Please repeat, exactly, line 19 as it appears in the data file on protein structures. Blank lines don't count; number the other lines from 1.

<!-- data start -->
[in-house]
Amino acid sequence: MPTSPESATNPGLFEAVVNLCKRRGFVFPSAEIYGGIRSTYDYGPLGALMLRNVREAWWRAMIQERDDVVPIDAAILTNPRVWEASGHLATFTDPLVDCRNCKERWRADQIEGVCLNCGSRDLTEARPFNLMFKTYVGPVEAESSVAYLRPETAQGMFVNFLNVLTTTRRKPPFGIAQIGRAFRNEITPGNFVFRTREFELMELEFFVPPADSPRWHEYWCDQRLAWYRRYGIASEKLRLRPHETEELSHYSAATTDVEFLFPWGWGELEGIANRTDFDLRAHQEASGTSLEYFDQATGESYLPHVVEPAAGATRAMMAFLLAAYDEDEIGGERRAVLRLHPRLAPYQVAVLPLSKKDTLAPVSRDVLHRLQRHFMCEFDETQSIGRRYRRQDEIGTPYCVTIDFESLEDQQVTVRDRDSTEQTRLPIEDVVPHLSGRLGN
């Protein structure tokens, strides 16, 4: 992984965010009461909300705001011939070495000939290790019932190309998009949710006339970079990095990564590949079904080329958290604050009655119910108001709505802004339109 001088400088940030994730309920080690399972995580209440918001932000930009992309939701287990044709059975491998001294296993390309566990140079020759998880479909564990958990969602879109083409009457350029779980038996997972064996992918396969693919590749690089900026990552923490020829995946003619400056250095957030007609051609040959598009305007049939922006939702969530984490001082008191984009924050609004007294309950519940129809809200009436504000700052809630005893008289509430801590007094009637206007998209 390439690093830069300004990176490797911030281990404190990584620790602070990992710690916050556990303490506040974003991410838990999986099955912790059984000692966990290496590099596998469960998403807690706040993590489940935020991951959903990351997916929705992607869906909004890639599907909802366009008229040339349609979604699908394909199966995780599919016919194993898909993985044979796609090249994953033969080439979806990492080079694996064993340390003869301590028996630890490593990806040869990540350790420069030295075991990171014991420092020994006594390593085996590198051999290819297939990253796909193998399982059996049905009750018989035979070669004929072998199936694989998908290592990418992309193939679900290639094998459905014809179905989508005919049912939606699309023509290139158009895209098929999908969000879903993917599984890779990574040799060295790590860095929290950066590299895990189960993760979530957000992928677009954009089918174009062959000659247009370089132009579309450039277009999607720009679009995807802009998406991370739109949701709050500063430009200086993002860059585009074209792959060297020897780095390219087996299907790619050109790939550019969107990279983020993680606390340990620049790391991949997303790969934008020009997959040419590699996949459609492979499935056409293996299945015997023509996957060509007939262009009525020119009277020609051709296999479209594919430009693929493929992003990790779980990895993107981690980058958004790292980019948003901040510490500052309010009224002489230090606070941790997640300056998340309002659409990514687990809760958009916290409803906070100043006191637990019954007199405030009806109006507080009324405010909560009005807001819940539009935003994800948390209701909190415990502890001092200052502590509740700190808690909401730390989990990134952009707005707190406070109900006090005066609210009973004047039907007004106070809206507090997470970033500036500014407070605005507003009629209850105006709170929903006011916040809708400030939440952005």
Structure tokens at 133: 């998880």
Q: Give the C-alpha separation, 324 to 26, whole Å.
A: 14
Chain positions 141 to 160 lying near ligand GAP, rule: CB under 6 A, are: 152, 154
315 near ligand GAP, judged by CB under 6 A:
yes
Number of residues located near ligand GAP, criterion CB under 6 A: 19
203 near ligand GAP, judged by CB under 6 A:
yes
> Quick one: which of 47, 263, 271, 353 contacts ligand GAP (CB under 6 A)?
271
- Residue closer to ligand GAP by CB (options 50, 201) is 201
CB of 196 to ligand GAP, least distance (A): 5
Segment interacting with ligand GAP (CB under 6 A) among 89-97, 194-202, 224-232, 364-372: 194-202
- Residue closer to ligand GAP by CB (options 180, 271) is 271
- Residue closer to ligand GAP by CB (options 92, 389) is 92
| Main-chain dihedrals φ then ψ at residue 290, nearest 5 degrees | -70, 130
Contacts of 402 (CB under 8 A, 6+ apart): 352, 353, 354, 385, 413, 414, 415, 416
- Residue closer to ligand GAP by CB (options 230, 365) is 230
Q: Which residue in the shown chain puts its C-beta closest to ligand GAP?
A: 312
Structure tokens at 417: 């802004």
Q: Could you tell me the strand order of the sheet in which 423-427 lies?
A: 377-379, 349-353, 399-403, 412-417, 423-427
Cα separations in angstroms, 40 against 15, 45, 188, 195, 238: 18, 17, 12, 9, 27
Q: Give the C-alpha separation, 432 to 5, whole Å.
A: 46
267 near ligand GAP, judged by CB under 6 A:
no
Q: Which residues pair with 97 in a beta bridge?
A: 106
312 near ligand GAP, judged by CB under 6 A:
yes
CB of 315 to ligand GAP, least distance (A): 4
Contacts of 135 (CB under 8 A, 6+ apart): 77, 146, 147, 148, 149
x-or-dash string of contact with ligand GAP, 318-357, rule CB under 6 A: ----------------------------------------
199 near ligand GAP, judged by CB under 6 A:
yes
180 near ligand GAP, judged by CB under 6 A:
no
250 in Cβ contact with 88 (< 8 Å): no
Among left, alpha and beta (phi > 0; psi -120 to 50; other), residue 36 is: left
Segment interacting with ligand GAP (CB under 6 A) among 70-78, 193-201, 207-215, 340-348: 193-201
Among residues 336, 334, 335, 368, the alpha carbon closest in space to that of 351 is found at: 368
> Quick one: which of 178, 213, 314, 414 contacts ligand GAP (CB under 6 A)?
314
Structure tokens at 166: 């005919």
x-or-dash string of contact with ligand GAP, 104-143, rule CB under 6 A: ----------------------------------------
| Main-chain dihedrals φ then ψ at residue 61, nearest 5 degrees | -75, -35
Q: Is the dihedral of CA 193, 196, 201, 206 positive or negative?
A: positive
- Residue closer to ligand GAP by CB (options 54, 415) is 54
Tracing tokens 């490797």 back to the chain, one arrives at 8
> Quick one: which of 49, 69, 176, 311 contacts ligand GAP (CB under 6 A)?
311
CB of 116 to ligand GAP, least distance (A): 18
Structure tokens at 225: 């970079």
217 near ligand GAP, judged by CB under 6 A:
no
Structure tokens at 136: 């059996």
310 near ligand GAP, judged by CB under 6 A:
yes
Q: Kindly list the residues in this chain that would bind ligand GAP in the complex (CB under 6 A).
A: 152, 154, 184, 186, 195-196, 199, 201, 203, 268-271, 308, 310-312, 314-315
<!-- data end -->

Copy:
- Residue closer to ligand GAP by CB (options 92, 389) is 92